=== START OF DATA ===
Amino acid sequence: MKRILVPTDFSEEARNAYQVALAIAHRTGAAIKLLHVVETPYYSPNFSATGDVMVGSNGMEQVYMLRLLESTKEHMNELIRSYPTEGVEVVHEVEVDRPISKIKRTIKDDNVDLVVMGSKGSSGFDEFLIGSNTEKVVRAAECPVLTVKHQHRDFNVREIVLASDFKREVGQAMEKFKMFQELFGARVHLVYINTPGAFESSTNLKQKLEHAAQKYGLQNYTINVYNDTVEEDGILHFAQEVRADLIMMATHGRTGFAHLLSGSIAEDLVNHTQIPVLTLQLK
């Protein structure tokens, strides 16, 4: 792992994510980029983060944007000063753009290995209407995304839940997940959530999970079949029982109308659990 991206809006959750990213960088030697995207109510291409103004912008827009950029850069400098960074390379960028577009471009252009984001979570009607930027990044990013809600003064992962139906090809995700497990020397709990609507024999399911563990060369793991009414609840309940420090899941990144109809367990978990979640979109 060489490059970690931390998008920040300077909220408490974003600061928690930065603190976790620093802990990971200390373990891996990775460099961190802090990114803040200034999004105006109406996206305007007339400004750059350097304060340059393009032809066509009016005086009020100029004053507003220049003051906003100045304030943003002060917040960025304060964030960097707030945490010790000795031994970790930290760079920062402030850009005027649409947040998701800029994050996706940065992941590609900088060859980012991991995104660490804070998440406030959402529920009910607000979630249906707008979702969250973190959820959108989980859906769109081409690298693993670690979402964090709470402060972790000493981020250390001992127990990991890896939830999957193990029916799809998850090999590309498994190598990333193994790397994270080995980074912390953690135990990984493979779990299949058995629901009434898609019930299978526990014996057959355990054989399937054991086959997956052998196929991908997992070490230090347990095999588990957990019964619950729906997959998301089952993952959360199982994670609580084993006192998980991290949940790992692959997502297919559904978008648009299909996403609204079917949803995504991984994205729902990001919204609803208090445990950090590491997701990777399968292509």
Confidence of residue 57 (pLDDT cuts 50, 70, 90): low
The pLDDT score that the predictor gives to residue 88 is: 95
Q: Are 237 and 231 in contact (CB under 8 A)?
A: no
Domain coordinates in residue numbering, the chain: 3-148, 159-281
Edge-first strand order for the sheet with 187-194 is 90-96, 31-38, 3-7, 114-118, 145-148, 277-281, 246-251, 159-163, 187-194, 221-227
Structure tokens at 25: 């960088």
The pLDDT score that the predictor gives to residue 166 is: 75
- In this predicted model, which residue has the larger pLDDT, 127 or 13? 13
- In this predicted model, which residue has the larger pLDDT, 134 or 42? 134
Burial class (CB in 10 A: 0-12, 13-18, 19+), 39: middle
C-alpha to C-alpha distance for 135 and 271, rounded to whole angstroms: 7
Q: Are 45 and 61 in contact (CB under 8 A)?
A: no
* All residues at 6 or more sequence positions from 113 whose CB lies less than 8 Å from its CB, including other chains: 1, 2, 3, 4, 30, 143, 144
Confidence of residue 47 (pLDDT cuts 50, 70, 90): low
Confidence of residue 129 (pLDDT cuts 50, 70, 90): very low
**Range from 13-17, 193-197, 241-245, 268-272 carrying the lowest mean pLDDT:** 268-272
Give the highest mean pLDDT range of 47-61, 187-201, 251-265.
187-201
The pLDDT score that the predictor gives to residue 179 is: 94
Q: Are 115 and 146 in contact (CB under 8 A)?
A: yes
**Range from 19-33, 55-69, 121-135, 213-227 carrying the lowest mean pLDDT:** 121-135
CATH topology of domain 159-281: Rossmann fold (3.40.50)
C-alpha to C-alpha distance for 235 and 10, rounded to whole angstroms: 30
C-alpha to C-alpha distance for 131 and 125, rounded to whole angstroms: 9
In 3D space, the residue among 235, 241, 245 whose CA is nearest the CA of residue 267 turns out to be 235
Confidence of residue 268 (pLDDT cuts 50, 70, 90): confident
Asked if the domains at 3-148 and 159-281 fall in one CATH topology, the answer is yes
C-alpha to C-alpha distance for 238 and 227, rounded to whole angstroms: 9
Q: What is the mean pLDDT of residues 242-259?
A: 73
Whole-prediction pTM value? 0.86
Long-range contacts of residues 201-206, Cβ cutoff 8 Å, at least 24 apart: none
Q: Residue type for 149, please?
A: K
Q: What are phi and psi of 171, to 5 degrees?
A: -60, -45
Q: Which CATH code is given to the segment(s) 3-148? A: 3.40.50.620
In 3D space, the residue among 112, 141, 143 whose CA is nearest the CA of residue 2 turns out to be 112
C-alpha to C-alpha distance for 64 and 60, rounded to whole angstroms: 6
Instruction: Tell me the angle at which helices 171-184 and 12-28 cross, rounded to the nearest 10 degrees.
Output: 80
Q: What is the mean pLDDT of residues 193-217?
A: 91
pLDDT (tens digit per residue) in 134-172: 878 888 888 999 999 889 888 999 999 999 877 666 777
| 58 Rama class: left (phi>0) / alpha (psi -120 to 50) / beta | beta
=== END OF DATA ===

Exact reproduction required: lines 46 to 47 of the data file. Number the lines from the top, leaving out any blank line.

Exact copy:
Output: 80
Q: What is the mean pLDDT of residues 193-217?